New Customers Save $30 off $100+* with code SEPTNEW30
New Customers Save $30* with code SEPTNEW30
*New customers only. Order must be placed by 9/26/2017. The $30 discount is given for a single order with a minimum of $100 excluding shipping and tax. Items with pricing ending in .97 are excluded and will not count toward the minimum required. Discount does not apply to corporate orders, gift certificates, or StewardShip membership fees. No other promotion codes, coupon codes or corporate discounts may be applied to order.
Blend: 98% Zinfandel, 2% Petit Syrah
Moving to the reds, the 2012 Zinfandel Foxglove comes from Paso Robles and offers plenty of classic Zin bramble, briar and sweet kirsch to go with a medium-bodied, forward and easy-drinking feel. It's another wine deserving a multiple bottle purchase.
Edna Valley, a relatively small appellation, grows mostly Chardonnay on about 1000 acres. The entire acreage is tightly controlled by a few owners employing the most up-to-date vineyard practices that give the valley impressive evenness. Located just south of San Luis Obispo, its vineyards are some of California's closest to the Pacific Ocean. Mild winters, cool, foggy summer, and clay-loam soils produce a combination of flavors that have been described as "textbook Central Coast."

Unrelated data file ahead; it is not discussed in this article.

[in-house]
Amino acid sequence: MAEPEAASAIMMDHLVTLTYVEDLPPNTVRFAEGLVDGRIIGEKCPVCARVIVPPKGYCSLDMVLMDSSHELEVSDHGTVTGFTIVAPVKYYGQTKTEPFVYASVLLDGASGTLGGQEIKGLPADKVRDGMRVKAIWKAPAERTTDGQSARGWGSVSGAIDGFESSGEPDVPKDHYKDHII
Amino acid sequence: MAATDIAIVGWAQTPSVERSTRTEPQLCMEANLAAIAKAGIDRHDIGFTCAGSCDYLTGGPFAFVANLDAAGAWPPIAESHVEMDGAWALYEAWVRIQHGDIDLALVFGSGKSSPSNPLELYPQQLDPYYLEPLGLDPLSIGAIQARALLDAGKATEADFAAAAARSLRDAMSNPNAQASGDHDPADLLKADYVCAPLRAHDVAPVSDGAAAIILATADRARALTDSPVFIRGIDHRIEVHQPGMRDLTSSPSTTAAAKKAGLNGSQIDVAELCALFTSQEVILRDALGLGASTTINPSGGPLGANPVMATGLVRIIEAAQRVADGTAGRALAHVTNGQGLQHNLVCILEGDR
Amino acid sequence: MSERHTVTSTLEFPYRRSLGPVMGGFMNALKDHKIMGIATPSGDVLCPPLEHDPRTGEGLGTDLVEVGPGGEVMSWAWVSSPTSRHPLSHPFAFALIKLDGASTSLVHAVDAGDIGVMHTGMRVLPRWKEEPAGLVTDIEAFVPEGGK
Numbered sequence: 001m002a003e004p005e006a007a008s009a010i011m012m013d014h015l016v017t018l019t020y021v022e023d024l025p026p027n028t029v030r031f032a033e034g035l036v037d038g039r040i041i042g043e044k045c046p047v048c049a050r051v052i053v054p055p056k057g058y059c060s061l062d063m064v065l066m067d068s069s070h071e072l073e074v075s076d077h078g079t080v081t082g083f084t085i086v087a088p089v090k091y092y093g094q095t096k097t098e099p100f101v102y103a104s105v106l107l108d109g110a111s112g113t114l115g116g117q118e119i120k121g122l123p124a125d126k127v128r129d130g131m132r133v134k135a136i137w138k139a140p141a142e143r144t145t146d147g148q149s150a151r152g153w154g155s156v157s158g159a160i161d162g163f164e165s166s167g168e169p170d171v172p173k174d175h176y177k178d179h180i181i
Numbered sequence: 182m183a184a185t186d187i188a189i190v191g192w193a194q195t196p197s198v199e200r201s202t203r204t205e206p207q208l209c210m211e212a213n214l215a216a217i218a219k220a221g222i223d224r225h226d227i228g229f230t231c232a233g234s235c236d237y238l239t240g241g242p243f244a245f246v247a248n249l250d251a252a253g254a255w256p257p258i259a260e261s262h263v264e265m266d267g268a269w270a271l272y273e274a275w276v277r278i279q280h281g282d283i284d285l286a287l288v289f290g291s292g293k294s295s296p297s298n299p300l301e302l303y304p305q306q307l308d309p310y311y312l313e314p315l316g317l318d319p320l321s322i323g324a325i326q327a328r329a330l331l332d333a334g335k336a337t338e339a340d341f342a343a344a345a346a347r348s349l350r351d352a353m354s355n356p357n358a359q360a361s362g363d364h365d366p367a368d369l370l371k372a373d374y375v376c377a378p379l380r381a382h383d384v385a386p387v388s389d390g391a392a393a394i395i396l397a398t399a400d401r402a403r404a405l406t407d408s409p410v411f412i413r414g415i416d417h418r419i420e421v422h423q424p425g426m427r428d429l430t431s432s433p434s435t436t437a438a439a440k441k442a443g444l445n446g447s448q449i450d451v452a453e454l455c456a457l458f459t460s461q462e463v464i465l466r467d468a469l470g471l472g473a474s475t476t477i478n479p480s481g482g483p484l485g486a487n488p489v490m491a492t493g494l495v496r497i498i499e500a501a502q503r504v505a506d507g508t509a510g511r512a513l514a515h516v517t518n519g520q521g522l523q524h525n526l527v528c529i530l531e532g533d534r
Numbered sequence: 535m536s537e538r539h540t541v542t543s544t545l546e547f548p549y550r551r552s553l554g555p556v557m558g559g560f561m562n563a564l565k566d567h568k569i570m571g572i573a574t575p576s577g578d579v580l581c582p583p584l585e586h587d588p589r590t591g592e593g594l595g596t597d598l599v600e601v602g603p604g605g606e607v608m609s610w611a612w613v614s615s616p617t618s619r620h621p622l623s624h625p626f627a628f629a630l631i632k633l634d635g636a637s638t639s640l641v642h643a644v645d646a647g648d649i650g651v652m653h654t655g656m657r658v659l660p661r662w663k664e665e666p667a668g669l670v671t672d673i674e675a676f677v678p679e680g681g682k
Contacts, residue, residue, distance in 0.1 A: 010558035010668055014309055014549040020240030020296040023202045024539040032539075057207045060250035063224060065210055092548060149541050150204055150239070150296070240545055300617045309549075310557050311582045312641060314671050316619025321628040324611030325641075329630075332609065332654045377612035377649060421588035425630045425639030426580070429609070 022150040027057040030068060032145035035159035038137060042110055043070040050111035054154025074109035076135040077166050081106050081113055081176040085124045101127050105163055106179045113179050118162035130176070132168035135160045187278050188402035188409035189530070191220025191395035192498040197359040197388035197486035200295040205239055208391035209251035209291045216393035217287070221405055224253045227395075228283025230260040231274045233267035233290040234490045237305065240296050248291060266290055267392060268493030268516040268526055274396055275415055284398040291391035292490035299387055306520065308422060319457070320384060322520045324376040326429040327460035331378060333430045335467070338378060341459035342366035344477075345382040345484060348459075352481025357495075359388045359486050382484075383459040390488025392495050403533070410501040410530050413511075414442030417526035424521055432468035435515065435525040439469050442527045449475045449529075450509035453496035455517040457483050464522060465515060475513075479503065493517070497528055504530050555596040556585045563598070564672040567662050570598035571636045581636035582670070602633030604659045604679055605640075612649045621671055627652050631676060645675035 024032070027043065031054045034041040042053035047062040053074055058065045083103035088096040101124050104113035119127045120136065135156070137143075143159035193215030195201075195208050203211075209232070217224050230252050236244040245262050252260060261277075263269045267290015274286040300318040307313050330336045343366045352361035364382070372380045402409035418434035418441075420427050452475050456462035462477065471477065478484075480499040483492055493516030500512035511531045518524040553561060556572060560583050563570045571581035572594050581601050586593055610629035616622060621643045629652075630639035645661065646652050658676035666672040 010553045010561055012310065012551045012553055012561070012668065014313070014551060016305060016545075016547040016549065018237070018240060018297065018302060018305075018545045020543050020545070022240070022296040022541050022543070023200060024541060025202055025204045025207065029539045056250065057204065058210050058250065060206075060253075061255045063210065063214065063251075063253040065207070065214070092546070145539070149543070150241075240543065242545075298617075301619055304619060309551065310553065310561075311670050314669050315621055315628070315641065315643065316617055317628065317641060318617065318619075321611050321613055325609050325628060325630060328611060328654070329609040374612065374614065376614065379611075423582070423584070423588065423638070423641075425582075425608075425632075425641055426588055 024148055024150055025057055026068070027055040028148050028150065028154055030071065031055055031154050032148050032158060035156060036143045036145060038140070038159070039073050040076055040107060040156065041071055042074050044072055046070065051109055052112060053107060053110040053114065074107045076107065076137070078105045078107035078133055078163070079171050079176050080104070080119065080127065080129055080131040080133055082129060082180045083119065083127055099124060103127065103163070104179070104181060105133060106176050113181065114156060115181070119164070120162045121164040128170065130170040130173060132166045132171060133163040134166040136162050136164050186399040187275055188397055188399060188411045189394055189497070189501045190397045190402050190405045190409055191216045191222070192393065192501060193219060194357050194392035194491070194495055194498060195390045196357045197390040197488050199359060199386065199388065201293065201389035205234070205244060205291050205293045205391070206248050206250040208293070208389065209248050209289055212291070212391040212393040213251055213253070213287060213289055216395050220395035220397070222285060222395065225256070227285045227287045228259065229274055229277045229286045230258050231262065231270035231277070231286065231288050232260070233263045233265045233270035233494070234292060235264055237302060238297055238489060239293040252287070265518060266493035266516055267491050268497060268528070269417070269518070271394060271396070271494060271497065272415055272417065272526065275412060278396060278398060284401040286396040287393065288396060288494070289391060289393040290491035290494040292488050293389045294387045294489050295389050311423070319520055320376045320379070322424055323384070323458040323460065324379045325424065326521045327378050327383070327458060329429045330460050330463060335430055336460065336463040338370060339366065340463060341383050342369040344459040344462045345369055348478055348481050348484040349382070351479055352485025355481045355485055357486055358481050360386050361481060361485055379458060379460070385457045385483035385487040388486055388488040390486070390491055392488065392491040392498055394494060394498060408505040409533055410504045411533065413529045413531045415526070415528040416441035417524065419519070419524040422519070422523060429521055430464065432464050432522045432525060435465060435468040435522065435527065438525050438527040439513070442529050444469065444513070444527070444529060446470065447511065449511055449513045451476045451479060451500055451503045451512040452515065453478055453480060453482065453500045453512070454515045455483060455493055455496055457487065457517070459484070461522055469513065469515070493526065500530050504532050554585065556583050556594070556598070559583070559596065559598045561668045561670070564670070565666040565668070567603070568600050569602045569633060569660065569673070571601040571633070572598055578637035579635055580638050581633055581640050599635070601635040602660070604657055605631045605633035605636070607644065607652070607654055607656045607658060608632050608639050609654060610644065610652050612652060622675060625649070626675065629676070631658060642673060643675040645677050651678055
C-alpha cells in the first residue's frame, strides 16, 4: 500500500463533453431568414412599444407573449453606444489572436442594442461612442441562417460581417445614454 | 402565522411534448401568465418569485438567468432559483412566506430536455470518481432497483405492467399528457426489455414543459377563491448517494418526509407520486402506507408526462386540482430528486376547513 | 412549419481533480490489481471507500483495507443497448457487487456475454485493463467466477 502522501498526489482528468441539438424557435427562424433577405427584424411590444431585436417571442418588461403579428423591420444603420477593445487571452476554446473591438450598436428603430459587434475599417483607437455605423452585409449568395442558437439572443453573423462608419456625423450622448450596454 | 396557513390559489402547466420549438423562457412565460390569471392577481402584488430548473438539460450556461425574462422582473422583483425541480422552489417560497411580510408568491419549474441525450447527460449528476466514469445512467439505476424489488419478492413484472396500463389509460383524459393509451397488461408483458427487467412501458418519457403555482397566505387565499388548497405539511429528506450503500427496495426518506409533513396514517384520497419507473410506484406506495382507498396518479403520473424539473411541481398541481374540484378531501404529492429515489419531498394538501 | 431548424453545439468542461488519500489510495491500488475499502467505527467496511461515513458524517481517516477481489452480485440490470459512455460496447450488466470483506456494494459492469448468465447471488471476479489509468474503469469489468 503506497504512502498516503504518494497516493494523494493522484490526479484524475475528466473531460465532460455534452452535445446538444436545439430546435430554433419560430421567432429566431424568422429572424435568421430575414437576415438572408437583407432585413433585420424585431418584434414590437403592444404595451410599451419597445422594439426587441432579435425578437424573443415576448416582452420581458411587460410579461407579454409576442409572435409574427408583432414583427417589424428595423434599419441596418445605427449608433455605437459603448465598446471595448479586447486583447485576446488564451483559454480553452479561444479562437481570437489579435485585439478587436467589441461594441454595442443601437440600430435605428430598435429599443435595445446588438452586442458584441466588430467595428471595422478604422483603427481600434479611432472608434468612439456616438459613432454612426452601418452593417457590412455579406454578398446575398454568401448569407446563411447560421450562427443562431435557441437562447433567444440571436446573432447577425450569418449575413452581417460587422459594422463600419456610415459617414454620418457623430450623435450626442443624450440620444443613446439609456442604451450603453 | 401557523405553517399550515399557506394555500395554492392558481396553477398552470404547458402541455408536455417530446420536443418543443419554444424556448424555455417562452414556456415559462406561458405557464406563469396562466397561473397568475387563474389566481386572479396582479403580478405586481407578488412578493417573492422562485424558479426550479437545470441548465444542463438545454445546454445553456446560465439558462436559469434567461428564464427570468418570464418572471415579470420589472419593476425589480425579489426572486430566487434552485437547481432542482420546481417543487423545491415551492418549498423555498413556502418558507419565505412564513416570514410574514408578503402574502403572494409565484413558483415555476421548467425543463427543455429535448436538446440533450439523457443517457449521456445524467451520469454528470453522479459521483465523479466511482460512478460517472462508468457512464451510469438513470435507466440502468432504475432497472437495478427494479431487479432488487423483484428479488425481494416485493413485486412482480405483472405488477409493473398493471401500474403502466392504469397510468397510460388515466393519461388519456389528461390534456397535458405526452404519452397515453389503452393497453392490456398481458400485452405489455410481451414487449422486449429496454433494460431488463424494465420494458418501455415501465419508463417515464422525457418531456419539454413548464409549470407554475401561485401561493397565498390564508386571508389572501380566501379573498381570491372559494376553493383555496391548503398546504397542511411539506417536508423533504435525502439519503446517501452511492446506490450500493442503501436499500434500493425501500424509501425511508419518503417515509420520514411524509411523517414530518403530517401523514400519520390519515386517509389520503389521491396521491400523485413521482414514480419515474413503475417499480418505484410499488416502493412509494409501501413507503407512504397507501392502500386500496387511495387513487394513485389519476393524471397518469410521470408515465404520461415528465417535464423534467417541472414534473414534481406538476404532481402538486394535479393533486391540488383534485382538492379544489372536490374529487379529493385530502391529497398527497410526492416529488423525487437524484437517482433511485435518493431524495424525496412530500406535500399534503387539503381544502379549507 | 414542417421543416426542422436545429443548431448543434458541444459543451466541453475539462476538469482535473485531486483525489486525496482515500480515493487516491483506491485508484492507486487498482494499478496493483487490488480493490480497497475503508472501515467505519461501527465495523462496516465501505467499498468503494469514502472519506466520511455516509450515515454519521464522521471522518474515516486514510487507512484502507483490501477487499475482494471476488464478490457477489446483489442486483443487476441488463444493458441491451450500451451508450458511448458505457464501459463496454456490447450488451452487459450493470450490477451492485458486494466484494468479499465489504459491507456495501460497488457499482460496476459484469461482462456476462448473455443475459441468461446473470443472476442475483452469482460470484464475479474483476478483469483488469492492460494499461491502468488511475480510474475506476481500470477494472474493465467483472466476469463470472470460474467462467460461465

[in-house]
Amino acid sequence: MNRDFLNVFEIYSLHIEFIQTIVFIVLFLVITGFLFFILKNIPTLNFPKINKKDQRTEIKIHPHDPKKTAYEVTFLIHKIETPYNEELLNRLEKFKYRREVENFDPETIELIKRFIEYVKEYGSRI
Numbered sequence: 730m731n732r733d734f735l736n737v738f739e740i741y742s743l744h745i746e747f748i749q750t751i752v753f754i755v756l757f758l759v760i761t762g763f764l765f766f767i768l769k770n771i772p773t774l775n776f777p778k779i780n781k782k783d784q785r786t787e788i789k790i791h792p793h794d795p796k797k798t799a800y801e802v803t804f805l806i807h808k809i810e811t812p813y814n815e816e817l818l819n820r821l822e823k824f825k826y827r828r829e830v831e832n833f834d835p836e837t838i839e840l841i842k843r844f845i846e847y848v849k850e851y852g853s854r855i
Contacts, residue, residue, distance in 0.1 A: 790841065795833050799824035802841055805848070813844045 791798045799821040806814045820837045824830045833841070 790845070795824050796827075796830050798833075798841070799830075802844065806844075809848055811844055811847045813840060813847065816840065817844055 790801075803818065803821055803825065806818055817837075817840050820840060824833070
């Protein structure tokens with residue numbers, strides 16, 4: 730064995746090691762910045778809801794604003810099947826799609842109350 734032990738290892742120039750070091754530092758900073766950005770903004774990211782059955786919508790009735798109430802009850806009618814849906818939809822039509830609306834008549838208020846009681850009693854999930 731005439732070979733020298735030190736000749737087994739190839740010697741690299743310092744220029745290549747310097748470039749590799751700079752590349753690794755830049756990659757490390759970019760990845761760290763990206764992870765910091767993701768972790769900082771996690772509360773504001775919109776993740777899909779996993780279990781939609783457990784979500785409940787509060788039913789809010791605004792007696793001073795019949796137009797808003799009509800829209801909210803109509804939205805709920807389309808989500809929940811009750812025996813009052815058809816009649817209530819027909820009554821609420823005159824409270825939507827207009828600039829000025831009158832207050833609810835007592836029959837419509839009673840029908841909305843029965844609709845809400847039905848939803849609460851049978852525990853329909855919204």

Best known for flavorful fortified wines but also producing excellent dry wines, Portugal is unique in that it relies almost exclusively on its many indigenous grape varieties. Bordering Spain to the west on the Iberian Peninsula, this is a land where tradition reigns supreme, perhaps due in part to its relative geographical and, for much of the 20th century, political isolation. Portugal is a long and narrow country, which makes for considerable diversity in climate and wine styles, with milder weather in the north and significantly more rainfall near the coast. With the exception of Port, most Portuguese wines have struggled to garner attention in the international marketplace, perhaps due to the unfamiliar and difficult to pronounce nature of most of its grape varieties and terminology, which means that there are many excellent values to be discovered here by the adventurous consumer. The country is perhaps better known for being the world’s leader in cork production than for its wine.
Port, made in the Douro Valley, is the fortified wine for which Portugal is most famous. The same region also produces full-bodied dry wines made from the same set of grape varieties, which include Touriga Nacional and Tinta Roriz (Spain’s Tempranillo). The nation’s other important fortified wine, Madeira, is produced on the eponymous island off the North African coast. Other dry wines of the mainland include the tart, slightly effervescent Vinho Verde of the north, the bright, elegant reds and whites of the Dão, and the bold, jammy reds of the Alentejo.